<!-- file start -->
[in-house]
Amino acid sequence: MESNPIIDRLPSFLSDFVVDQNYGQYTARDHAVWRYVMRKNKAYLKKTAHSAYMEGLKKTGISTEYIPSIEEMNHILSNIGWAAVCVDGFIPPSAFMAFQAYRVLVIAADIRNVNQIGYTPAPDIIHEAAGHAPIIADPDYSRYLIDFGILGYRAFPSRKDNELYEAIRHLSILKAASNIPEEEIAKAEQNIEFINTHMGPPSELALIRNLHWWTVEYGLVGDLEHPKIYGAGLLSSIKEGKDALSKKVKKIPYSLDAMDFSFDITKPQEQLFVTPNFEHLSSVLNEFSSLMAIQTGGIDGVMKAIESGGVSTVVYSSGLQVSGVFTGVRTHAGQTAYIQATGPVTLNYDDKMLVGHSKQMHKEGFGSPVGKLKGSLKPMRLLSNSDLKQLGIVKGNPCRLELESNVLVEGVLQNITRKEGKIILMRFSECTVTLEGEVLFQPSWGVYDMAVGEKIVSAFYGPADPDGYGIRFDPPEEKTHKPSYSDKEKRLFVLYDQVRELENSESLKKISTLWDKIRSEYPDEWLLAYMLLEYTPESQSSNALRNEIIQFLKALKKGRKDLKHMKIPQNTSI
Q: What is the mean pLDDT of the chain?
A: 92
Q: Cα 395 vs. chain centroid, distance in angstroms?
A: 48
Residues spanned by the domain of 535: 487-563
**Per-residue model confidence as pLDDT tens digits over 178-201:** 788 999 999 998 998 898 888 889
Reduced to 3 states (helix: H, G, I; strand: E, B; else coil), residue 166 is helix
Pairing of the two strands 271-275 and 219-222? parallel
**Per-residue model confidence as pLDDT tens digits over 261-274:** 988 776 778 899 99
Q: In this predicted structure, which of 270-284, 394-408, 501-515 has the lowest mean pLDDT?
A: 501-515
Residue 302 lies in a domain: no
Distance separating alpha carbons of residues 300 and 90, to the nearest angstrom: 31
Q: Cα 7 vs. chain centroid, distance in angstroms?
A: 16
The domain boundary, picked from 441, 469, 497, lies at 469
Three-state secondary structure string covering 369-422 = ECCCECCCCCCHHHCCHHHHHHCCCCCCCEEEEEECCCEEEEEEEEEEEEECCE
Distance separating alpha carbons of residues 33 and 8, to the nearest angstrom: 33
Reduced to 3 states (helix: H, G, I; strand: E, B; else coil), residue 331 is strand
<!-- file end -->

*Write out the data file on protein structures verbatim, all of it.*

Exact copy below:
[in-house]
Amino acid sequence: MESNPIIDRLPSFLSDFVVDQNYGQYTARDHAVWRYVMRKNKAYLKKTAHSAYMEGLKKTGISTEYIPSIEEMNHILSNIGWAAVCVDGFIPPSAFMAFQAYRVLVIAADIRNVNQIGYTPAPDIIHEAAGHAPIIADPDYSRYLIDFGILGYRAFPSRKDNELYEAIRHLSILKAASNIPEEEIAKAEQNIEFINTHMGPPSELALIRNLHWWTVEYGLVGDLEHPKIYGAGLLSSIKEGKDALSKKVKKIPYSLDAMDFSFDITKPQEQLFVTPNFEHLSSVLNEFSSLMAIQTGGIDGVMKAIESGGVSTVVYSSGLQVSGVFTGVRTHAGQTAYIQATGPVTLNYDDKMLVGHSKQMHKEGFGSPVGKLKGSLKPMRLLSNSDLKQLGIVKGNPCRLELESNVLVEGVLQNITRKEGKIILMRFSECTVTLEGEVLFQPSWGVYDMAVGEKIVSAFYGPADPDGYGIRFDPPEEKTHKPSYSDKEKRLFVLYDQVRELENSESLKKISTLWDKIRSEYPDEWLLAYMLLEYTPESQSSNALRNEIIQFLKALKKGRKDLKHMKIPQNTSI
Q: What is the mean pLDDT of the chain?
A: 92
Q: Cα 395 vs. chain centroid, distance in angstroms?
A: 48
Residues spanned by the domain of 535: 487-563
**Per-residue model confidence as pLDDT tens digits over 178-201:** 788 999 999 998 998 898 888 889
Reduced to 3 states (helix: H, G, I; strand: E, B; else coil), residue 166 is helix
Pairing of the two strands 271-275 and 219-222? parallel
**Per-residue model confidence as pLDDT tens digits over 261-274:** 988 776 778 899 99
Q: In this predicted structure, which of 270-284, 394-408, 501-515 has the lowest mean pLDDT?
A: 501-515
Residue 302 lies in a domain: no
Distance separating alpha carbons of residues 300 and 90, to the nearest angstrom: 31
Q: Cα 7 vs. chain centroid, distance in angstroms?
A: 16
The domain boundary, picked from 441, 469, 497, lies at 469
Three-state secondary structure string covering 369-422 = ECCCECCCCCCHHHCCHHHHHHCCCCCCCEEEEEECCCEEEEEEEEEEEEECCE
Distance separating alpha carbons of residues 33 and 8, to the nearest angstrom: 33
Reduced to 3 states (helix: H, G, I; strand: E, B; else coil), residue 331 is strand